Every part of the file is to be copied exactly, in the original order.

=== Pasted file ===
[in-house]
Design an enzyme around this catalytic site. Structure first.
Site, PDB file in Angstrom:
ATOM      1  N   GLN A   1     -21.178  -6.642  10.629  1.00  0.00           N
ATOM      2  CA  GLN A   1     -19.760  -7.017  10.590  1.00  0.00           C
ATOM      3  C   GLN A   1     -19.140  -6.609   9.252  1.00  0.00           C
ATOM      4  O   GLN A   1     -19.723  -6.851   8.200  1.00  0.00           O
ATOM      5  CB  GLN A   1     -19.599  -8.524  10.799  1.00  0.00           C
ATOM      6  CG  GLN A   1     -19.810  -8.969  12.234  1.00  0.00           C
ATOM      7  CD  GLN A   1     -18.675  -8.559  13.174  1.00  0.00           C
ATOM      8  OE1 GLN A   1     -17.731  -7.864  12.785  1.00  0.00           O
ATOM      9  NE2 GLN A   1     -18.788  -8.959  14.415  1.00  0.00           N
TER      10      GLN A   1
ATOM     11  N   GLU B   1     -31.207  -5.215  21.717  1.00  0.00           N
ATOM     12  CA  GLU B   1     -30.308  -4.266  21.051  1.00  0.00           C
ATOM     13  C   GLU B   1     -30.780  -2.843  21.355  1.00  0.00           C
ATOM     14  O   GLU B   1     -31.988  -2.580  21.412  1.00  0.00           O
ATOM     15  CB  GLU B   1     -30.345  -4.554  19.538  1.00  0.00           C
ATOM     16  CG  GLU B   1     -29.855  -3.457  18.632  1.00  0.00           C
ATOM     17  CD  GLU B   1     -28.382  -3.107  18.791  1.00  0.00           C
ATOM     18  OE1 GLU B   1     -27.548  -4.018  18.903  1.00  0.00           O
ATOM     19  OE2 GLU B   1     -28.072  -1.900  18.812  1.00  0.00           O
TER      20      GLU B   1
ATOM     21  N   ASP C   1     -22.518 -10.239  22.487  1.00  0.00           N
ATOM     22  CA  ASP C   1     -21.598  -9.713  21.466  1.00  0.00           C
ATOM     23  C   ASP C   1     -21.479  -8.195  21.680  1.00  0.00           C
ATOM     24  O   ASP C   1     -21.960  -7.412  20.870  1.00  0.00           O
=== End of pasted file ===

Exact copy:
[in-house]
Design an enzyme around this catalytic site. Structure first.
Site, PDB file in Angstrom:
ATOM      1  N   GLN A   1     -21.178  -6.642  10.629  1.00  0.00           N
ATOM      2  CA  GLN A   1     -19.760  -7.017  10.590  1.00  0.00           C
ATOM      3  C   GLN A   1     -19.140  -6.609   9.252  1.00  0.00           C
ATOM      4  O   GLN A   1     -19.723  -6.851   8.200  1.00  0.00           O
ATOM      5  CB  GLN A   1     -19.599  -8.524  10.799  1.00  0.00           C
ATOM      6  CG  GLN A   1     -19.810  -8.969  12.234  1.00  0.00           C
ATOM      7  CD  GLN A   1     -18.675  -8.559  13.174  1.00  0.00           C
ATOM      8  OE1 GLN A   1     -17.731  -7.864  12.785  1.00  0.00           O
ATOM      9  NE2 GLN A   1     -18.788  -8.959  14.415  1.00  0.00           N
TER      10      GLN A   1
ATOM     11  N   GLU B   1     -31.207  -5.215  21.717  1.00  0.00           N
ATOM     12  CA  GLU B   1     -30.308  -4.266  21.051  1.00  0.00           C
ATOM     13  C   GLU B   1     -30.780  -2.843  21.355  1.00  0.00           C
ATOM     14  O   GLU B   1     -31.988  -2.580  21.412  1.00  0.00           O
ATOM     15  CB  GLU B   1     -30.345  -4.554  19.538  1.00  0.00           C
ATOM     16  CG  GLU B   1     -29.855  -3.457  18.632  1.00  0.00           C
ATOM     17  CD  GLU B   1     -28.382  -3.107  18.791  1.00  0.00           C
ATOM     18  OE1 GLU B   1     -27.548  -4.018  18.903  1.00  0.00           O
ATOM     19  OE2 GLU B   1     -28.072  -1.900  18.812  1.00  0.00           O
TER      20      GLU B   1
ATOM     21  N   ASP C   1     -22.518 -10.239  22.487  1.00  0.00           N
ATOM     22  CA  ASP C   1     -21.598  -9.713  21.466  1.00  0.00           C
ATOM     23  C   ASP C   1     -21.479  -8.195  21.680  1.00  0.00           C
ATOM     24  O   ASP C   1     -21.960  -7.412  20.870  1.00  0.00           O